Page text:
This is the second time in the last 40 years and the
frst time since 1996 that a player did not receive
the 75 percent of votes required for induction.
The question that lingers over the entire situation
is: what role do steroids play in this?
Sammy Sosa, Barry Bonds and Mark McGuire
were all members of this years Hall of Fame
class. They are just a few of the players who have
verifed rumors that at one point in their
careers they used steroids.
Jose Cansecos book, Juiced was the
frst to reveal the use of performance-
enhancing drugs (PEDs) in baseball.
Major League Baseball (MLB) has been
trying to eliminate the use of steroids,
which have been banned since 1991. MLB
has tested for PEDs since 2003.
In 2003, the rules for PED testing included
one random test per player per year. There
would be no punishment for the frst year.
In 2004, the rules changed. Players would
have two tests that would be given without
any prior warning. There would be a frst
test and a follow up test up seven days later.
If the player tested positive he would be
treated for steroids use. If the player under
this treatment failed again, he would be
subject to discipline: a suspension from an
initial 15 days with a $10,000 fne to one
year with a $100,000 fne.
There were more changes made in 2005,
including that a player who tested positive
for the frst time would be suspended for
10 days and his name would be released to
the public. A 30-day suspension without
pay would be applied for the next offense, 60 days
for the third offense and one year for the fourth.
Alex Sanchez was the frst player to receive a
steroid suspension.
There have been more changes to the rules
about steroids since 2005, but then this article
would just be a list of rules (how exciting!). The
most signifcant and noted change is that the
punishment for a frst time offender is a 50-game
suspension.
Melky Cabrera, who at the time played for the
San Francisco Giants, received one of these
suspensions in the 2012 season. His suspension
was issued just weeks after being named the Most
Valuable Player of the All-Star game. Within the
week, there was another suspension issued to
Bartolo Colon, a pitcher for the Oakland Athletics.
Baseball season is now upon us. Pitchers and
catchers have reported for their frst workouts.
Spring training games begin in a week and there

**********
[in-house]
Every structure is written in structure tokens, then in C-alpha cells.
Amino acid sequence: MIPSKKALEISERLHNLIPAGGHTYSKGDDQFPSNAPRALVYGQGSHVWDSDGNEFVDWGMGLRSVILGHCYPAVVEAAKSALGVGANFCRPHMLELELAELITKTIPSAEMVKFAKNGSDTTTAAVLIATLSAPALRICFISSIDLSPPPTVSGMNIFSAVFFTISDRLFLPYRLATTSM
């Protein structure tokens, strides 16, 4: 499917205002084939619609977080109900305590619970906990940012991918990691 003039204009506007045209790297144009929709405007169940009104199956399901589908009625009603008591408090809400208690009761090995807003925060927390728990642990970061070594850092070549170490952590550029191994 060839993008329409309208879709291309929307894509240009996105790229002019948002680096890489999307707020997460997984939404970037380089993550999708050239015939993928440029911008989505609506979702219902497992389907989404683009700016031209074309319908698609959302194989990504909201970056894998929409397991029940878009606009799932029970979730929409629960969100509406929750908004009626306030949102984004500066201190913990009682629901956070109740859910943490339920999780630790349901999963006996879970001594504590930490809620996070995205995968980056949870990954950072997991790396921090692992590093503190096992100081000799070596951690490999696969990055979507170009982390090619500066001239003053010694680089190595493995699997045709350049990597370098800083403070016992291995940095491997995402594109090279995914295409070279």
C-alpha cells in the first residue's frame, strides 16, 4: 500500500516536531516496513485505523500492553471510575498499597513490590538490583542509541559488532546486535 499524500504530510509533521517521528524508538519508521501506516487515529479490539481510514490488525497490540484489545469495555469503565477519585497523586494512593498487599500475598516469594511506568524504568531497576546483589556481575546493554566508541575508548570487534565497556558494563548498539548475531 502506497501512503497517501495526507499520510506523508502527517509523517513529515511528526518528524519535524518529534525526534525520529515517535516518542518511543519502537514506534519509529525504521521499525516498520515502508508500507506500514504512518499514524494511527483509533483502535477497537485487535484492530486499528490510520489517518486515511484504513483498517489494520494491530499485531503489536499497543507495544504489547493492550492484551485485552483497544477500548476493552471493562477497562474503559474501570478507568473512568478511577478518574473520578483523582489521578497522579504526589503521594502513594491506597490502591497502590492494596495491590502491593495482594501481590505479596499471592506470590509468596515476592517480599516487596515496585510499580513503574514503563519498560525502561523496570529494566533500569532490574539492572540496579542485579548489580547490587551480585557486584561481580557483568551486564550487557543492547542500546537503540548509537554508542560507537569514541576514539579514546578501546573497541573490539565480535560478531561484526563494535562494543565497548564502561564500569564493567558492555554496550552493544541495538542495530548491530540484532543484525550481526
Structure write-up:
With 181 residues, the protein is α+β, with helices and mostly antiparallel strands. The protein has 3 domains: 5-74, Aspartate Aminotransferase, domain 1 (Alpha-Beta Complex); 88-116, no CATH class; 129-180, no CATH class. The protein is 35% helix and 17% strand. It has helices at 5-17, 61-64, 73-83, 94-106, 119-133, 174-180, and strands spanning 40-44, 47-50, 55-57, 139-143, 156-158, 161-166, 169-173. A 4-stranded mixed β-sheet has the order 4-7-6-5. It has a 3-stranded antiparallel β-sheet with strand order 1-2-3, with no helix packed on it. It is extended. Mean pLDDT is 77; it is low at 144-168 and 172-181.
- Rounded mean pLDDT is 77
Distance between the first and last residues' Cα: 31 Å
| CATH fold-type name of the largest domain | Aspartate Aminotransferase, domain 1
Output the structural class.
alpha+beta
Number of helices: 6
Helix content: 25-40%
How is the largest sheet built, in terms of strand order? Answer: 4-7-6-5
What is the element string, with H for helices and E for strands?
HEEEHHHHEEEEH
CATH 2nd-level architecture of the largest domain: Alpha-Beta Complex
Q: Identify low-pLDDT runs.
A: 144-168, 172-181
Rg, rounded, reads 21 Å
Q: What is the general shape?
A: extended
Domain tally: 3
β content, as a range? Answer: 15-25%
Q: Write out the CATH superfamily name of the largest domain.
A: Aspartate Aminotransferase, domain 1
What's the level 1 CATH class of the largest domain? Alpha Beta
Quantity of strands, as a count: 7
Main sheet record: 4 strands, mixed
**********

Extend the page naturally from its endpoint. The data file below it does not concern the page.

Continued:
has been news of a PED clinic with links to some
of the most famous athletes in the MLB including
Ryan Braun and Alex Rodriguez.
As a baseball fan, this unnerves me. The game
where players like Babe Ruth, Ty Cobb, Hank
Aaron and Jackie Robinson made themselves
household names without steroids is being tainted.
Sometimes its hard to escape these things, but the
game is different than it used to be.
Baseball is very much a part of the American
sports culture. With PEDs being part of baseball,
that makes steroids a part of the American sports
culture. We are now watching our favorite players
get suspended for using PEDs. Were seeing
records being displayed with asterisks because of
the steroid use by the player who broke it.
This isnt good for the children who grew up
with Bonds, Sosa, McGuire, Cabrera, Braun
and Rodriguez as their role models. These
players association with steroids is likely to
cause those children to be tempted to use
them as well when the time comes for them
to achieve their dreams of being professional
athletes.
Children should be able to love the game and
excel at it because of their talents, not because
they are taking drugs that make them better
performers.
I believe the MLB is taking the right steps to
help with the prevention of PEDs and steroids
throughout the league, but at times when news
like this clinic is discovered those steps just
dont seem like enough.
A lasting impression has been made. Some
childrens role models are taking drugs to be
better performers to learn more money. The
Hall of Fame is without new members because
of the effects of the steroid era.
Baseball is a changing game and Im not certain
I like the direction its headed.
page 22 | saupulse.com
sports
Mens basketball
Team 1 2 Total
Spring Arbor
University
25 44 69
Mount Vernon
Nazarene University
29 34 63
Next game: Feb. 16 at Huntington University, 3
p.m.
Team 1 2 Total
Mount Vernon
Nazarene University
15 29 44
Spring Arbor
University
28 33 61
Next game: Feb. 16 vs. Huntington University, 1
p.m.
Womens basketball
compiled By megan FilipowSki
photoS courteSy Sau athleticS
For detailed game summaries,
visit saucougars.com.
Podcasts about SAU athletics are
available on Facebook by searching for
The SAU Breakdown
saupulse.com | Page 23
Intramural calendar
February:
18 - 21 Volleyball tournament
25 - 28 Basketball season
March:
4 - 7 Basketball season
18 - 21 Basketball season
25 - 27 Basketball tournament
the
PULSE
Offcial newspaper
of Ron Kopicko